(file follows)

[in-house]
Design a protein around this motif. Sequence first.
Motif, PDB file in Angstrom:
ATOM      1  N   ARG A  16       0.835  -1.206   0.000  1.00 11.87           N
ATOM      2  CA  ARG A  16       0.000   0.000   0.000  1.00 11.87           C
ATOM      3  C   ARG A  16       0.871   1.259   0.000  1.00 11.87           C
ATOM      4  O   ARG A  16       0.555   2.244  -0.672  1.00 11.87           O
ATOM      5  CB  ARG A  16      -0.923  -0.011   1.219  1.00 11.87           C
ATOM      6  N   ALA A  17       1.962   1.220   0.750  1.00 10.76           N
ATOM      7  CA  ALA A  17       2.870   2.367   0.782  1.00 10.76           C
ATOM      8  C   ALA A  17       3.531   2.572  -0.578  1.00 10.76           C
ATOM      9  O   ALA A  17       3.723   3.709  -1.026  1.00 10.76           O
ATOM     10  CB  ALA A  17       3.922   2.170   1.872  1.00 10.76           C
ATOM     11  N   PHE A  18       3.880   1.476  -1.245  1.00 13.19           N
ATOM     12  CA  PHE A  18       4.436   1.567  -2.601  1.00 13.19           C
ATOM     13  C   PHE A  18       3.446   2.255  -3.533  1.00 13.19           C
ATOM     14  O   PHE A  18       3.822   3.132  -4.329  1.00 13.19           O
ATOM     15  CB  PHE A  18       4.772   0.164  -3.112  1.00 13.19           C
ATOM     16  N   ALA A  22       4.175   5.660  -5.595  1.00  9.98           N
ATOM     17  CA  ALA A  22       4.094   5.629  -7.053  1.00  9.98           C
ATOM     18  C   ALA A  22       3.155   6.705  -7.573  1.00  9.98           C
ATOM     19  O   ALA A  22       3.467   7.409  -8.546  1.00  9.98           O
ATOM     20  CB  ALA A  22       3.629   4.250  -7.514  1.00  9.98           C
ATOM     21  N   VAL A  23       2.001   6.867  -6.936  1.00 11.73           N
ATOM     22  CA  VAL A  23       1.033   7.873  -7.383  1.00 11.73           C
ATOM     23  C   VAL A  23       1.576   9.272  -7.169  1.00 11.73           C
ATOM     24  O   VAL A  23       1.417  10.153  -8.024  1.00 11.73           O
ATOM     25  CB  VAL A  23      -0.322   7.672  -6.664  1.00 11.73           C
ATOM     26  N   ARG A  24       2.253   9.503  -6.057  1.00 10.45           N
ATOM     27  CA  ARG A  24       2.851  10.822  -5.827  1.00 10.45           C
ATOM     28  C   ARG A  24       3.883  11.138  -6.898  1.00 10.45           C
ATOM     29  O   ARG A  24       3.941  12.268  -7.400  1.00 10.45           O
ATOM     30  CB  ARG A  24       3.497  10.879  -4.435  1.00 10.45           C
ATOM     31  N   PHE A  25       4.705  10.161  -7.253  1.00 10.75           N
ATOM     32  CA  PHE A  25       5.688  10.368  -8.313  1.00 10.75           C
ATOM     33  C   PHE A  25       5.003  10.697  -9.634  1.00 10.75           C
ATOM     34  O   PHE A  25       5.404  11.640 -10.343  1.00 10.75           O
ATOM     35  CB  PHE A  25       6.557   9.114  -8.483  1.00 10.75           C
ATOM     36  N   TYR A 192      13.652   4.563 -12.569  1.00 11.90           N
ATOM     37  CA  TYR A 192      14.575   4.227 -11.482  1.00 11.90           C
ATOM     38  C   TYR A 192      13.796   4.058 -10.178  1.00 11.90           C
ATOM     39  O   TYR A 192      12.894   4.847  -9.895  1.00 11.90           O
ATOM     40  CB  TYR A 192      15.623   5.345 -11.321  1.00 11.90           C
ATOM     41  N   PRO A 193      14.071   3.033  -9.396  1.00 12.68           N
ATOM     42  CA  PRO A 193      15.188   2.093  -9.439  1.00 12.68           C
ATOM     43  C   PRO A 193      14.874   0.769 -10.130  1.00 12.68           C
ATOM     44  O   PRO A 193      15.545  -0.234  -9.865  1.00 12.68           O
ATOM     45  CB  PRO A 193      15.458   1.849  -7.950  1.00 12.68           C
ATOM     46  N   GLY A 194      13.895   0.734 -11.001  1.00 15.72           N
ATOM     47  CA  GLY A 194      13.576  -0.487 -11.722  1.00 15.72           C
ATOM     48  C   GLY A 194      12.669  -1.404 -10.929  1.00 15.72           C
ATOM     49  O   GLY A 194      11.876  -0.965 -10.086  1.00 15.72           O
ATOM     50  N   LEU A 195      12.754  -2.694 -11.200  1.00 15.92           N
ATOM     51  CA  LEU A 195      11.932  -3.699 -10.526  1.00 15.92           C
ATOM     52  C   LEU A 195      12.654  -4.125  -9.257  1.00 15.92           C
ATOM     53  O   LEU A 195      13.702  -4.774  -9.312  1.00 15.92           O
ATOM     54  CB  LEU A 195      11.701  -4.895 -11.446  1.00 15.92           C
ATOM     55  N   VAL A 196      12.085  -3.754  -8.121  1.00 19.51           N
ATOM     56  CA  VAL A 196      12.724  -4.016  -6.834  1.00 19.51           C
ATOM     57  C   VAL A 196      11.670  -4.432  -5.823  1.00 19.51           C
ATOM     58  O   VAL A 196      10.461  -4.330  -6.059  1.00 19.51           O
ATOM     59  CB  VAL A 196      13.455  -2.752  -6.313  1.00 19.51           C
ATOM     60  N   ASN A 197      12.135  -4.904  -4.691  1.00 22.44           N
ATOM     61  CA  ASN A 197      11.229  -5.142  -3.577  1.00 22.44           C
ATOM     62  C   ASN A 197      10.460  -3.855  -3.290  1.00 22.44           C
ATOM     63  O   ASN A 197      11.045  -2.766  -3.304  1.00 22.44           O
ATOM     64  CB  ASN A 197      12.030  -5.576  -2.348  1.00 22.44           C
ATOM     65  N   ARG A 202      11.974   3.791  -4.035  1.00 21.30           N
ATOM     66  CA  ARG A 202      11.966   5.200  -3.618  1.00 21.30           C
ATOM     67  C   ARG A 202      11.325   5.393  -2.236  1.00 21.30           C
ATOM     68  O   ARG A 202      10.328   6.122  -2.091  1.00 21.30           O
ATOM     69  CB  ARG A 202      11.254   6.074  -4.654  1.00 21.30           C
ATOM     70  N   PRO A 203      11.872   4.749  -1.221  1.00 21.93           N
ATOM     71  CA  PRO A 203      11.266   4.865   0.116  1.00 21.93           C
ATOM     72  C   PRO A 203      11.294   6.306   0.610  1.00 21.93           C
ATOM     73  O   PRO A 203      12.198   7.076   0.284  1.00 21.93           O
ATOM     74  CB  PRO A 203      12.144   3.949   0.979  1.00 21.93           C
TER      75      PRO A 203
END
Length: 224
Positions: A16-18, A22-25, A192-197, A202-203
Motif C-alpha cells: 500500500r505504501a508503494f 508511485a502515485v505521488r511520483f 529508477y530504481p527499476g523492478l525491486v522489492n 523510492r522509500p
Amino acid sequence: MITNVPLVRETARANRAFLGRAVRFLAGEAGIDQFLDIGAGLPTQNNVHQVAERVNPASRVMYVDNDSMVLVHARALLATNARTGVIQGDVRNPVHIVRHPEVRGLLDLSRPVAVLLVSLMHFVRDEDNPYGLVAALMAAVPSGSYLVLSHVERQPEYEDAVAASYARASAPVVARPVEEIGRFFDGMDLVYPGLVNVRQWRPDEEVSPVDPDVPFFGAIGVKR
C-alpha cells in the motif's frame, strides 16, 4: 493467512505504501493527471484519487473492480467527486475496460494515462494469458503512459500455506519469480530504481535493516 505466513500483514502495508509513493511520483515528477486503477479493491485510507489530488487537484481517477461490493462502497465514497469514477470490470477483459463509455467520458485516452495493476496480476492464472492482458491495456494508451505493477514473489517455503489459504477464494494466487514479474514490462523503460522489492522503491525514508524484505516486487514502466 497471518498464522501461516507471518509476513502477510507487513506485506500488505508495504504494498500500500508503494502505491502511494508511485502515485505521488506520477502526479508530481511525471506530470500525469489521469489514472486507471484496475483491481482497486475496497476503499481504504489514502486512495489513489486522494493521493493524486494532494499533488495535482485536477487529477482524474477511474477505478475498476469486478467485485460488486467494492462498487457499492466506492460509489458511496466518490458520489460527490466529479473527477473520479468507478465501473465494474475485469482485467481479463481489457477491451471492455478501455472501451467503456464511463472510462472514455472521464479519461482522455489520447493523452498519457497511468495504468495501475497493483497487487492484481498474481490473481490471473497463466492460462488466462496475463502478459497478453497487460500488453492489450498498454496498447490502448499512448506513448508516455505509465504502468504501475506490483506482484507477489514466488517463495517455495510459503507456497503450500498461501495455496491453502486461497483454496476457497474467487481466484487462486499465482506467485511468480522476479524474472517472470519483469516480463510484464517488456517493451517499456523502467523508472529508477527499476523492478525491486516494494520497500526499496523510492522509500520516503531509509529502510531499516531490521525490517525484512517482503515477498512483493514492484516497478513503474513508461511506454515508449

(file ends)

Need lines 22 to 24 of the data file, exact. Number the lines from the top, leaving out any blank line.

ATOM     19  O   ALA A  22       3.467   7.409  -8.546  1.00  9.98           O
ATOM     20  CB  ALA A  22       3.629   4.250  -7.514  1.00  9.98           C
ATOM     21  N   VAL A  23       2.001   6.867  -6.936  1.00 11.73           N